And in 2014 PLOS introduced a data policy that requires authors to provide supporting data with their papers (with the aim of improving quality and reproducibility). It now also encourages researchers to post their research to preprint servers, on the principle I assume that this too could improve quality. Authors can also now have their preprints automatically submitted to PLOS via services like bioRxiv.
But innovation requires a constant flow of surplus cash, and the problem PLOS faces is that it is dependent on a cash cow that others want to eat. So we have seen legacy publishers developing their own megajournals, including BMJ, IEEE, Sage, Elsevier and Nature.
There were a couple research papers that I’d wanted to blog about but then set-shifting took its toll, so never got around to it. First, the more technical paper (whose abstract and discussion sections make for interesting reading) haughtily titled ‘Pharmacological Fingerprints of Contextual Uncertainty‘. It deals with research that shows how three neuromodulators – noradrenaline, acetylcholine and dopamine – regulate how we deal with uncertainty. As someone who has spent most of his adulthood planning life a week in advance and then dealing with anxiety attacks due to sudden changes, I find the paper’s insights quite useful in understanding myself:
We propose that noradrenaline influences learning of uncertain events arising from unexpected changes in the environment. In contrast, acetylcholine balances attribution of uncertainty to chance fluctuations within an environmental context, defined by a stable set of probabilistic associations, or to gross environmental violations following a contextual switch. Dopamine supports the use of uncertainty representations to engender fast, adaptive responses.
The second paper is more-assertively titled ‘Pathogen prevalence is associated with cultural changes in gender equality‘. Its thesis is that four ecological affordances that have been known to influence human behaviour through cultural changes have also, across the same linkage, influenced trends in gender equality. From the (large) abstract:
We show that decreases in pathogen prevalence in the United States over six decades (1951–2013) are linked to reductions in gender inequality and that such shifts in rates of infectious disease precede shifts in gender inequality. Results were robust, holding when we controlled for other ecological dimensions and for collectivism and conservative ideological identification (indicators of more broadly traditional cultural norms and attitudes). Furthermore, the effects were partially mediated by reduced teenage birth rates (a sign that people are adopting slower life history strategies), suggesting that life history strategies statistically account for the relationship between pathogen prevalence and gender inequality over time. Finally, we replicated our key effects in a different society, using comparable data from the United Kingdom over a period of seven decades (1945–2014).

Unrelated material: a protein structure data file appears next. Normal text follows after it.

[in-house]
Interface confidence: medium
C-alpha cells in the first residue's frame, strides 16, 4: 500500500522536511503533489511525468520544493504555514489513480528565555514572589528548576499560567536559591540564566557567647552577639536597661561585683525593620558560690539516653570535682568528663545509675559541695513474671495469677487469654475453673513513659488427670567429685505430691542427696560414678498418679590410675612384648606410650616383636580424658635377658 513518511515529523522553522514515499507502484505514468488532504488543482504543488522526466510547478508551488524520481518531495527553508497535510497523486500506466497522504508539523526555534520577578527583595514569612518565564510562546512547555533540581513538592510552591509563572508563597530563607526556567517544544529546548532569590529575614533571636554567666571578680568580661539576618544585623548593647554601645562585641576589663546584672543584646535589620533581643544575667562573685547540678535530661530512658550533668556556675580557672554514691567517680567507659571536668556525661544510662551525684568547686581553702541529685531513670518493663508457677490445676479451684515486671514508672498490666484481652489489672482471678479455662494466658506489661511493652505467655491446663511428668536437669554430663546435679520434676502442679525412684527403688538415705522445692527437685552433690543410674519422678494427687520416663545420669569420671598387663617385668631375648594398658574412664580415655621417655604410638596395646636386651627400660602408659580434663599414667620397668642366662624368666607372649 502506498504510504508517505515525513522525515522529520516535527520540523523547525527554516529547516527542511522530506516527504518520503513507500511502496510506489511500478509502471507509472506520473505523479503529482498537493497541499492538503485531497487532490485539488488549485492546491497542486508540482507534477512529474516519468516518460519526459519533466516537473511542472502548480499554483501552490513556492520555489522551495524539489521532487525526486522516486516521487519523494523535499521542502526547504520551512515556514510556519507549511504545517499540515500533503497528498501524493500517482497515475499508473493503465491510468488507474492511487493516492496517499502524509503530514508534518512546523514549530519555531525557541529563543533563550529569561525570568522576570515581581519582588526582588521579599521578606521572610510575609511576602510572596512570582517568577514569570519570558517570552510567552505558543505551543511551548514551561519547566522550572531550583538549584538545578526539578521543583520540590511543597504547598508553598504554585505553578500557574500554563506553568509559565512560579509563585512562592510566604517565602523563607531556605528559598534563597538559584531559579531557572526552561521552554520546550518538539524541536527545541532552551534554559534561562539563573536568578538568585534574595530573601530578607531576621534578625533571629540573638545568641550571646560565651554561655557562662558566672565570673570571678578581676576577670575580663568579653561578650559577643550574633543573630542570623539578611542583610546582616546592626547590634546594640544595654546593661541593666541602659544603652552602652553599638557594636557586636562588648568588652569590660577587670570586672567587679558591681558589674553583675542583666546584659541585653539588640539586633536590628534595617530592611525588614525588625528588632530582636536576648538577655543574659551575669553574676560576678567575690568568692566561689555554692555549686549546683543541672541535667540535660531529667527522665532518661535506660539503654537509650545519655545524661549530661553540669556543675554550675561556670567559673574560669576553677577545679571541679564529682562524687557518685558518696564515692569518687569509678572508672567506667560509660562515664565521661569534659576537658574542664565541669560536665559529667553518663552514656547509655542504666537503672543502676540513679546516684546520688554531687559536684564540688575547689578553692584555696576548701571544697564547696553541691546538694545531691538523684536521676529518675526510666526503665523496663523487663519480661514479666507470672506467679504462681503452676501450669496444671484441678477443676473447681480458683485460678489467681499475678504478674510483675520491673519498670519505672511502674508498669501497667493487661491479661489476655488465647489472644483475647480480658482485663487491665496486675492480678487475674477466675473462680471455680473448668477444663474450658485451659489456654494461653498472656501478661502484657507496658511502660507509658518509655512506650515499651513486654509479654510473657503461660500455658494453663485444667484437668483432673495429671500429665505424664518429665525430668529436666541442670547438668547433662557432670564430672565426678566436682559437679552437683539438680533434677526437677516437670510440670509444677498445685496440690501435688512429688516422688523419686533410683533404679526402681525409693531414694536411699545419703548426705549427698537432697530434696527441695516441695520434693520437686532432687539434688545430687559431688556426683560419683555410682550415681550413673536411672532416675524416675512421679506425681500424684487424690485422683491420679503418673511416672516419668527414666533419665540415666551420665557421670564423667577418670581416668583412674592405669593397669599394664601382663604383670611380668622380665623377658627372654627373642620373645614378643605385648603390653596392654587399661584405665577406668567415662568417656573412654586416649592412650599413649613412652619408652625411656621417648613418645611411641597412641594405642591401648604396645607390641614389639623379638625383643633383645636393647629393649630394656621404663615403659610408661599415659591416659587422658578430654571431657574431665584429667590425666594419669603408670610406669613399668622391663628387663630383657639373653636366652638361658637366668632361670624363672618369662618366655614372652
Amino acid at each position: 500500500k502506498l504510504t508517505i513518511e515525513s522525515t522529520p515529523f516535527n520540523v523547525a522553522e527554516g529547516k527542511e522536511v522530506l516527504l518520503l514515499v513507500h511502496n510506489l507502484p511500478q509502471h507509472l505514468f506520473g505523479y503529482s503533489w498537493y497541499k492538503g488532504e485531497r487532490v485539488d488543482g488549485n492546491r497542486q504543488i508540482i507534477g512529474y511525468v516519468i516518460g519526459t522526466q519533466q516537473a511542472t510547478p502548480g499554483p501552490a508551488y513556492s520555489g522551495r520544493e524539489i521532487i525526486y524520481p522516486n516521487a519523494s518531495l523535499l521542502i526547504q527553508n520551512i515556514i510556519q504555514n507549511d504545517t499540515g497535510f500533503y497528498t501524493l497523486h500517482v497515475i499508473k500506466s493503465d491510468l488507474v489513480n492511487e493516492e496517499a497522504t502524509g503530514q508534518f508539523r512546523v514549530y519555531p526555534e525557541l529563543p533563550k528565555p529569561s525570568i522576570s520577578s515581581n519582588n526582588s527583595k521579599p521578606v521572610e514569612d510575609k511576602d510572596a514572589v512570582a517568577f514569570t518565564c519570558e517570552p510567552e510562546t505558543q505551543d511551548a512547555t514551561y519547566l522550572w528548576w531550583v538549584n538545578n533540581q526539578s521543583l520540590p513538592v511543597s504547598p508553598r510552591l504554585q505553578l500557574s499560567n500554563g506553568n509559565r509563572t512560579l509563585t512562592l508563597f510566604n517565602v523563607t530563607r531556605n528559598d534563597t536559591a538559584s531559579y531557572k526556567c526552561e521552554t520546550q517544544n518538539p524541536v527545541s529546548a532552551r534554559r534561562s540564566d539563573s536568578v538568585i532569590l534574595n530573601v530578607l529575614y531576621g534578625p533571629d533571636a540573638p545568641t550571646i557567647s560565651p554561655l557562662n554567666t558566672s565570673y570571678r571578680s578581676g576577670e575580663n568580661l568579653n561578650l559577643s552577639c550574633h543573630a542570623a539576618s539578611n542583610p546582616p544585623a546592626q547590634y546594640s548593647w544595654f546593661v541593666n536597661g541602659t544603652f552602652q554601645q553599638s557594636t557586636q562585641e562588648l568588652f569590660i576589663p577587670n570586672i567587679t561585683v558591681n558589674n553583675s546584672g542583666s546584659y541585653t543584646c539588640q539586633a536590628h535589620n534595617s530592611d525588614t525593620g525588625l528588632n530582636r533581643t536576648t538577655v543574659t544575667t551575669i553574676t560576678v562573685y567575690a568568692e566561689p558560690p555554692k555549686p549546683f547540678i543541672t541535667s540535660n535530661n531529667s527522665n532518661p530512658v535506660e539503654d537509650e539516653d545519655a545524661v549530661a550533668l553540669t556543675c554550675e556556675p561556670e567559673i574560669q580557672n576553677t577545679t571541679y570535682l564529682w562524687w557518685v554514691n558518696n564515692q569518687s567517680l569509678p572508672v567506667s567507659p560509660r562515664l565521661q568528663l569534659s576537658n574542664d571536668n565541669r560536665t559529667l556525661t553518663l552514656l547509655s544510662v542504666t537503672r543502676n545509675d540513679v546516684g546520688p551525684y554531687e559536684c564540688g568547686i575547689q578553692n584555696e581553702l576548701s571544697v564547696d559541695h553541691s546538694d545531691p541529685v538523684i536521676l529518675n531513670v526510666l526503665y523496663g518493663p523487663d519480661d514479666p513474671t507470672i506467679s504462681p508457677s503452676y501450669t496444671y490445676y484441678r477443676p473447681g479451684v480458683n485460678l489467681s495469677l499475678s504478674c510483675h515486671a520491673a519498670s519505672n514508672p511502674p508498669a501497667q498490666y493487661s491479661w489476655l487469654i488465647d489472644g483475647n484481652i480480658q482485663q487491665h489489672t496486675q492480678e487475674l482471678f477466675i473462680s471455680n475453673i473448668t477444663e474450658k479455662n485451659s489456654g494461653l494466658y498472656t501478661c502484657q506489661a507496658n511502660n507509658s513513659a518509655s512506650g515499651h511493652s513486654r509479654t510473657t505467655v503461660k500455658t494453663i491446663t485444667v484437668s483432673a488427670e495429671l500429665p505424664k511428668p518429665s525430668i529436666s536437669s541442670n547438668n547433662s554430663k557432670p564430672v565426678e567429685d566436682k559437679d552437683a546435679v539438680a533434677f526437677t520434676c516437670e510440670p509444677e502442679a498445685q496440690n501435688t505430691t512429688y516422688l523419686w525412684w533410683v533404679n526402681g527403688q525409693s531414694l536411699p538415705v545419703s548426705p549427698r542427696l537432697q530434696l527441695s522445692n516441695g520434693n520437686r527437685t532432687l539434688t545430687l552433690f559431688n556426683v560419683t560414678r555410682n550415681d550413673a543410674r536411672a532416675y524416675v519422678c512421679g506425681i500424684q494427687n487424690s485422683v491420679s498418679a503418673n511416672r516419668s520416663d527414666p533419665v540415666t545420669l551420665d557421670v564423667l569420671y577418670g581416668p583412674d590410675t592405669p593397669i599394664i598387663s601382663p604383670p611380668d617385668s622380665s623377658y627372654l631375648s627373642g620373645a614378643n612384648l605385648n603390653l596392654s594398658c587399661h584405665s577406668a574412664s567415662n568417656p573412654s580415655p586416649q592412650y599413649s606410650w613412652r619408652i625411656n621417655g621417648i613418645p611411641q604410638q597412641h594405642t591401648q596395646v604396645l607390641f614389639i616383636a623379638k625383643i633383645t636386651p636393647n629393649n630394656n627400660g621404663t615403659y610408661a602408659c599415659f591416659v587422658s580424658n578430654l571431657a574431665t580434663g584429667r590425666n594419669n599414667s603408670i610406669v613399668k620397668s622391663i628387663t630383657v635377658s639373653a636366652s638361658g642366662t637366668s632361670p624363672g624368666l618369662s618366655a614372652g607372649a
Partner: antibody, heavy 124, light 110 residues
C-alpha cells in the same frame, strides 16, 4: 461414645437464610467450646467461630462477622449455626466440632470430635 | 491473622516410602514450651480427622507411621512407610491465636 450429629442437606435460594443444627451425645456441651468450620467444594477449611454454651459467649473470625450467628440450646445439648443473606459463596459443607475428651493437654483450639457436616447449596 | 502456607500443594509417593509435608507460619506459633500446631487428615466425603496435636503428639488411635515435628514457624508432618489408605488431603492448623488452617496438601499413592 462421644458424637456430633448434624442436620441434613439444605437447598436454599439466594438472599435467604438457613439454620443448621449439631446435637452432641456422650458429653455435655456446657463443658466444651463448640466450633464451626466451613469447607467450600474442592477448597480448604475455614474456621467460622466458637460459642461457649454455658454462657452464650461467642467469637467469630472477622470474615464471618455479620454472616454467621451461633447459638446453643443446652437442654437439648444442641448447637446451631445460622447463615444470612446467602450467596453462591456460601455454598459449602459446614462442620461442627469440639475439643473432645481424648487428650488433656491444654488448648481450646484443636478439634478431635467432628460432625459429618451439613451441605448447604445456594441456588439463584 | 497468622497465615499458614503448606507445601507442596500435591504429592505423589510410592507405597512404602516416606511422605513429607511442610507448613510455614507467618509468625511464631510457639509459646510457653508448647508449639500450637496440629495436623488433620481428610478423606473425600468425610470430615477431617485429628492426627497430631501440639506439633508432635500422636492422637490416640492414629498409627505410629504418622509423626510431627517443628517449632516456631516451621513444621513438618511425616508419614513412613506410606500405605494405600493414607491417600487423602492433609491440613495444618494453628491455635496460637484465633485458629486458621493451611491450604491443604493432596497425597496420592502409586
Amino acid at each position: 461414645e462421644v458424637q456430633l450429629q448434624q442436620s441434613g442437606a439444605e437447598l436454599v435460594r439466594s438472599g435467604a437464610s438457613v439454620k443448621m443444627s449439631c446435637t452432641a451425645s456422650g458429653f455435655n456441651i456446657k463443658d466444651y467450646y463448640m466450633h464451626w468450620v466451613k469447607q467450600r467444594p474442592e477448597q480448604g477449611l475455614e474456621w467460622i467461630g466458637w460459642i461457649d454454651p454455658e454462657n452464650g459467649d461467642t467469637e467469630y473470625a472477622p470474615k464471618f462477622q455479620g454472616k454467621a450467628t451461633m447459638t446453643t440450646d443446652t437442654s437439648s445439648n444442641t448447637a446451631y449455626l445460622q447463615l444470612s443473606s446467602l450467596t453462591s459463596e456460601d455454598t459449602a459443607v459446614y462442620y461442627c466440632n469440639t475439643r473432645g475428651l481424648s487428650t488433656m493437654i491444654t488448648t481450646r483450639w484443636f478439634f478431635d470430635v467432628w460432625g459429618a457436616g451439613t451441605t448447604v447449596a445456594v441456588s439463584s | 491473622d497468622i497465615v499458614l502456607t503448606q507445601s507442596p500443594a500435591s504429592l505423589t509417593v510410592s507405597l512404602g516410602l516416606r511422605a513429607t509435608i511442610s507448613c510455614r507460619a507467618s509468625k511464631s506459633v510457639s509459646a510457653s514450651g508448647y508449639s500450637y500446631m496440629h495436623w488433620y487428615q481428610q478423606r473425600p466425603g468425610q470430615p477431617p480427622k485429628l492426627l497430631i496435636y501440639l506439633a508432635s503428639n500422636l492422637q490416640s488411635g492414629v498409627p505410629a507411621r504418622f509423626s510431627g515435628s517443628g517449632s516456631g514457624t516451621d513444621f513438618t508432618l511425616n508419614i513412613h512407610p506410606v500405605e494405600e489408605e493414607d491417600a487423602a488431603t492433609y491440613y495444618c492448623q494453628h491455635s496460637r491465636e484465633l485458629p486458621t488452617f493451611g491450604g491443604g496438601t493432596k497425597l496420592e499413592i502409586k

Both papers are openly accessible.
First: I’m obligated by my own joy in having published two particularly excellent stories on The Wire in November to highlight them.
The first was a 6,500-word-long behemoth that followed the work of a group of scientists trying to unravel the many mysteries behind the Kyasanur Forest disease in Karnataka, India. The piece’s author, Nithyanand Rao, had already done a tremendous job in getting all that information together after such detective work as it’d have taken – but that the writing is as gripping as it is also due to some good editing by Thomas Manuel.
The second story was of Risug, the world’s first reversible male contraceptive being developed by a researcher at IIT-Kharagpur named Sujoy Guha, and the different social, financial and political opposition it has faced. Kudos to the author Sohini Chattopadhyay – particularly for capturing Guha’s diligent spirit in her words as much as his work.
Finally: if I may say so myself, you might find my article detailing the plans, problems and considerations behind the organisation that’s aiming to put India’s first privately funded rover on the moon by the end of next year worth your time. One of the many bits of exclusive nuggets in it is when the launch is set to happen.